use to say, when they speak of Corporations, 1 and aggregate Bodies. A King may be a Fool
or Madman, like our Charles VI, who gave away his Kingdom to the English: Neither is there any sort of Men more easily cast down from a sound State of Mind , through the Blandishments of unlawful Pleasures and Luxury. But a Kingdom has within it self a perpetual and sure Principle of Safety in the Wildom of its Senators, and of Persons well skilld in Affairs. A King in one Battel, in one Day may be overcome, or taken Prisoner and carried away Captive by the Enemy ; as it happen’d to St. Lewis, to King Fobn, and to Francis the First. But a Kingdom, though it has lost its King remains entire ; and immediately upon such a Misfortune a Convention is call'd, and proper Remedies are fought by the chief Men' of the Nation against the present Mischiefs : Which we know has been done upon like Accidents. A King, either through Infirmities of Age, or Levity of Mind, may not only be misled by some covetous, rapacious or lustful Counsellor; may not only be seduced and de
praved by debauch'd Youths of Quality, or of equal Age with himself; but may be infatuated by a silly Wench, so far as to deliver and fling up the Reins of Government wholly into her Power. Few Persons, I suppose, are ignorant how many sad Examples we have of these Milchiefs : But a Kingdom is continually supplied with the Wisdom and Advice of the grave Perfons that are in it. Solomon, the wiseft of Mankind, was in his old Age seduced by Harlots; Rehoboam,by young Men; Ninus, by his own Mother Semiramis ; Ptolomæus sirnamed Auletes, by Harpers andPipers. Our Ancestors left to their Kings the Choice of their own Privy-Counsellors who might advise them in the Management of their private Affairs; but such Senators as were to consult in common, and take care of the publick Administration, and instruct the King in the Government of his Kingdom, they reserved to the Designation of the Publick" Convention.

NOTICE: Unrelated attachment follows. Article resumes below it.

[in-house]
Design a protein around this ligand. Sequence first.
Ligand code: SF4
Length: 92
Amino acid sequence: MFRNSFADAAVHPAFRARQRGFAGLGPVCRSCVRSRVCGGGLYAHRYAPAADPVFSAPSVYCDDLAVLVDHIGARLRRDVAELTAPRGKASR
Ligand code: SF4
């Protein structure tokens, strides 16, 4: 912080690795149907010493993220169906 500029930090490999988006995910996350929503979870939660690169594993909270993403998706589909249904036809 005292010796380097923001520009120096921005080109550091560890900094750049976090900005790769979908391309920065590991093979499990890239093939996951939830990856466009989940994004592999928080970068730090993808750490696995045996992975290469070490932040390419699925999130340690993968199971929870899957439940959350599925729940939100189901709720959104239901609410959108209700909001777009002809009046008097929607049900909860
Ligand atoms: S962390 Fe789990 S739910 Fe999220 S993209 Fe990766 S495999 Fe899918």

In the Year 1356: after King John had been taken Prisoner by the English, and carried into England, a Publick Council of the Kingdom was held at Paris. And when some of the King's Privy-Counsellors appeared at that Convention, they were commanded to leave the Assembly; and it was openly declared, that the Deputies of the Publick Council wou'd meet no more, if those Privy-Counsellors shou'd hereafter presume to approach that Sanctuary of the Kingdom. Which Instance is recorded in the Great Chronicle writ in French, Vol. 2. sub rege Johanne, fol. 169. Neither has there ever yer been any Age wherein this plain distinction between a King, and a Kingdom, has not been observed. The King of
the Lacedemonians (as Xenophón afsures us) and the Ephori, renewed every Month a mutual Oath between each other; the King swore that he wou'd govern according to the written Laws and the Ephori swore that they wou'd preserve the Royal Dignity, provided he kept his Oath. Cicero, in one of his Epistles to Brutus, writes : © Thou knowest that I was always of opinion,
that our Commonwealth ought not only to “ be deliver'd from a King, but even from King© fhip. Scis mihi femper placuisse non Rege
folùm, fed Regno liberari rempublicam. Also in his Third Book de Legibus - “ But be« cause a Regal State in our Commonwealth,
once indeed approved of, was abolish'd, not « so much upon the account of the Faults of
a Kingly Government, as of the Kings who “ governed ; it may seem that only the Name 6 of a King was then abolish'a, dc. ; !
CHAP. XVI. of the Capevingian Race; and thë
Manner of its obtaining the King
dom of Francogallia. I T has been already shewn, that the KingI dom of Francogallia continued in Three Families only, during One Thousand Two Hun. dred Years. Whereof the first was called the Merovingian Family. The second, the Carlovingian, from the Names of their Founders or Beginners. For altho? (as we have often told you )